Experimental Study on Splice Strength of Glass Fiber-Reinforced Polymer Reinforcing Bars in Normal and Self-Consolidating Concrete
This study investigated the effect of several parameters on the bond behavior of spliced glass fiber-reinforced polymer (GFRP) reinforcing bars in self-consolidating concrete (SCC) and normal concrete (NC). A total of 21 full-scale reinforced concrete (RC) beams were tested under four-point bending up to failure. Six influential design Code parameters were investigated, specifically concrete type, casting position, casting height, splice length, beam height, and longitudinal reinforcement type. The experimental results and observations reveal that the SCC and NC beams behaved similarly in terms of failure load, crack pattern, failure mode, and load-deflection response. The bond strength of the spliced bars in the SCC beams was slightly lower than that of the NC. The SCC beams exhibited lower reductions in bond strength than the NC beams due to the casting-position effect. In addition, the experimental findings confirm that the top-bar factor of 1.3, recommended in current design codes, can provide adequate safety margins for GFRP-reinforced NC and SCC beams with a splice length of 40db. Furthermore, the threshold depth of 305 mm (12 in.) provided in current design codes and guidelines appears to be reasonably safe.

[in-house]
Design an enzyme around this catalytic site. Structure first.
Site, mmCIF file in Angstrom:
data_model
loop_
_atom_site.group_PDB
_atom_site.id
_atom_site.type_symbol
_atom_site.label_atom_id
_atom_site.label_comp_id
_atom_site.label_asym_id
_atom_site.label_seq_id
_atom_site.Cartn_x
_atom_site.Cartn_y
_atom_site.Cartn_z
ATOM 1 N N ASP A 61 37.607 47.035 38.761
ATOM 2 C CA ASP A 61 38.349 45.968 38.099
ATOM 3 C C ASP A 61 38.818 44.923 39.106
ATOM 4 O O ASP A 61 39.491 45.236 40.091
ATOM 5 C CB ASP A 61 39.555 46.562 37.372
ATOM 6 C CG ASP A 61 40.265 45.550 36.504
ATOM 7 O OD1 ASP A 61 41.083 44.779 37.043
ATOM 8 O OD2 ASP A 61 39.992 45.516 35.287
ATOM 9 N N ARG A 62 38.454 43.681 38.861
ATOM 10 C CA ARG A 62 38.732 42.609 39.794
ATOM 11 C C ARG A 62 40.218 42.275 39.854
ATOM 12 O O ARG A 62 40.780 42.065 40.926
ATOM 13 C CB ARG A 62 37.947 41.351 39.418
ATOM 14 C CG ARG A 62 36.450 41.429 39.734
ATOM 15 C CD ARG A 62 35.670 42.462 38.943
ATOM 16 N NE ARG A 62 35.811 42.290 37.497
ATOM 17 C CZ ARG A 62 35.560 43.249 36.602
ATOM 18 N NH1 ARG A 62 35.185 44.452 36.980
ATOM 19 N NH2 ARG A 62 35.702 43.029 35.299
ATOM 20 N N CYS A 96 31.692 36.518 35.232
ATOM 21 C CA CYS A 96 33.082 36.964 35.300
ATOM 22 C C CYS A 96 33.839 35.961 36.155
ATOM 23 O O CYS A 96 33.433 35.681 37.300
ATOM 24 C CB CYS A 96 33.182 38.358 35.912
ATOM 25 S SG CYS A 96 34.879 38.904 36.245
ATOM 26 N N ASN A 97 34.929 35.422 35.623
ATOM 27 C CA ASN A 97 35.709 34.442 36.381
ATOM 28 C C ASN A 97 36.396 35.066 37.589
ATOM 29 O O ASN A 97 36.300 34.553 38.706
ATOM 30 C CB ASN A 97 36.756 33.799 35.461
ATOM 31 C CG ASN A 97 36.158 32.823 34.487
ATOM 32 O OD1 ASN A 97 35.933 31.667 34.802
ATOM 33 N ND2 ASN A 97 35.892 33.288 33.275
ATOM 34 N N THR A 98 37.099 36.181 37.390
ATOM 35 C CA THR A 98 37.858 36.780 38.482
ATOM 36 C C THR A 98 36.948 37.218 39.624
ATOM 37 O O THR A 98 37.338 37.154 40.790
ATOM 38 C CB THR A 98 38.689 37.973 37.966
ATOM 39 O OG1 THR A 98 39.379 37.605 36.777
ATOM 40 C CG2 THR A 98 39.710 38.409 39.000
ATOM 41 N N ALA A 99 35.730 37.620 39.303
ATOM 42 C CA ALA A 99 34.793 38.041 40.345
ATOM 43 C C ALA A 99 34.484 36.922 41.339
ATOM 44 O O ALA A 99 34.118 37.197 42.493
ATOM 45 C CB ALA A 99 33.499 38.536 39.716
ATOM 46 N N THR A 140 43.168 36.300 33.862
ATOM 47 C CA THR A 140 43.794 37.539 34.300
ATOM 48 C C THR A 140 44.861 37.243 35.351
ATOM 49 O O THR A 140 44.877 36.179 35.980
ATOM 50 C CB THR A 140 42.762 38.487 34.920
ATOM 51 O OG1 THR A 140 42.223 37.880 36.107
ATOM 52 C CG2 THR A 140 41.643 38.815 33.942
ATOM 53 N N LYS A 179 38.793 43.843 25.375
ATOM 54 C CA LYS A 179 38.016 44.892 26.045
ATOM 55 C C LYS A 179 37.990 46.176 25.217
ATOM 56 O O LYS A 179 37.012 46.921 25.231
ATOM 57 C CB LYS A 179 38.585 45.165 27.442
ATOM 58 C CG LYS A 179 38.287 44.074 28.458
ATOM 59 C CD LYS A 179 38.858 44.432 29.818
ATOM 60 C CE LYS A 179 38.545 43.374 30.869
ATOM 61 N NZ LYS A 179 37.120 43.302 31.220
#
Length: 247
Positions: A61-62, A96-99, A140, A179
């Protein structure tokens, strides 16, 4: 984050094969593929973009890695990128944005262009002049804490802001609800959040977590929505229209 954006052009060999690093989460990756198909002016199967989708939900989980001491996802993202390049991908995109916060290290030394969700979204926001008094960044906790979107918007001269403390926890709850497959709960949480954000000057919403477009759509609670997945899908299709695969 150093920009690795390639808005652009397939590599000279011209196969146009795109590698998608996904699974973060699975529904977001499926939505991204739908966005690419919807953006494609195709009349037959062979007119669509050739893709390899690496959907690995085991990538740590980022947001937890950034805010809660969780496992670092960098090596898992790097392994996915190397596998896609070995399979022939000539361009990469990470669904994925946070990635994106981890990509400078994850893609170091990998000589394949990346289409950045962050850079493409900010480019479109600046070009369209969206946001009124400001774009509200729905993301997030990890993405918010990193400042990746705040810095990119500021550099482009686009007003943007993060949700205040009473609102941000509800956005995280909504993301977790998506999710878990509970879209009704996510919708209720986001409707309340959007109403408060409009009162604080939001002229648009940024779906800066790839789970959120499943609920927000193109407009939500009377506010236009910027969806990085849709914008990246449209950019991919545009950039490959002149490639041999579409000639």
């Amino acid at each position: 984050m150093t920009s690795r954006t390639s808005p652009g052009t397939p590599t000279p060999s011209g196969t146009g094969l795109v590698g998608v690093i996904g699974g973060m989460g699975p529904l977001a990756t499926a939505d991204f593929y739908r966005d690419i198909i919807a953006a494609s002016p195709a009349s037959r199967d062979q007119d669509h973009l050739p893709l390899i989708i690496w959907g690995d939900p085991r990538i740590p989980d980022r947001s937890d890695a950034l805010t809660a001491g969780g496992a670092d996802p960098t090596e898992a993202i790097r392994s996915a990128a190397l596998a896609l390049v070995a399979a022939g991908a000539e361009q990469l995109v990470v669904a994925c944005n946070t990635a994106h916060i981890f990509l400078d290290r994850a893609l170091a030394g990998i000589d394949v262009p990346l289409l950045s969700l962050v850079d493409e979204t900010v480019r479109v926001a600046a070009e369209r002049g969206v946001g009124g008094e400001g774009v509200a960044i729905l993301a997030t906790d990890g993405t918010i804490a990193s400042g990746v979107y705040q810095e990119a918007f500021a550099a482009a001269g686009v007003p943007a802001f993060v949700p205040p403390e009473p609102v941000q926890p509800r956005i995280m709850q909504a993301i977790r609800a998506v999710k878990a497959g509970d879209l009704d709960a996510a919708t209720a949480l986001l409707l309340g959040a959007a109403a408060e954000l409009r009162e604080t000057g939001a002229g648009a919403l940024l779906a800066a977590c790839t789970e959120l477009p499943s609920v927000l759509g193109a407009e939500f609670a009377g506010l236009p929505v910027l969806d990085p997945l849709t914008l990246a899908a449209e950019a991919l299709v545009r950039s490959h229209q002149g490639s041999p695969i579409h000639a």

N. Zemour et al., "Experimental Study on Splice Strength of Glass Fiber-Reinforced Polymer Reinforcing Bars in Normal and Self-Consolidating Concrete," ACI Materials Journal, vol. 116, no. 3, pp. 105 - 118, American Concrete Institute (ACI), May 2019.
The definitive version is available at https://doi.org/10.14359/51714459
Civil, Architectural and Environmental Engineering
Keywords and Phrases
Bond strength; Casting position effect; Glass fiber-reinforced polymer (GFRP) reinforcing bar; Lap splicing; Self-consolidating concrete (SCC); Top-bar factor
International Standard Serial Number (ISSN)
Article - Journal
© 2019 American Concrete Institute (ACI), All rights reserved.
01 May 2019
The authors wish to acknowledge the financial support of the Natural Sciences and Engineering Research Council of Canada (NSERC), the NSERC Research Chair in Innovative FRP Reinforcement for Concrete Structures, the Fonds de la recherche du Quebec en nature et technologies (FRQ-NT), and the Quebec Ministry of Transportation.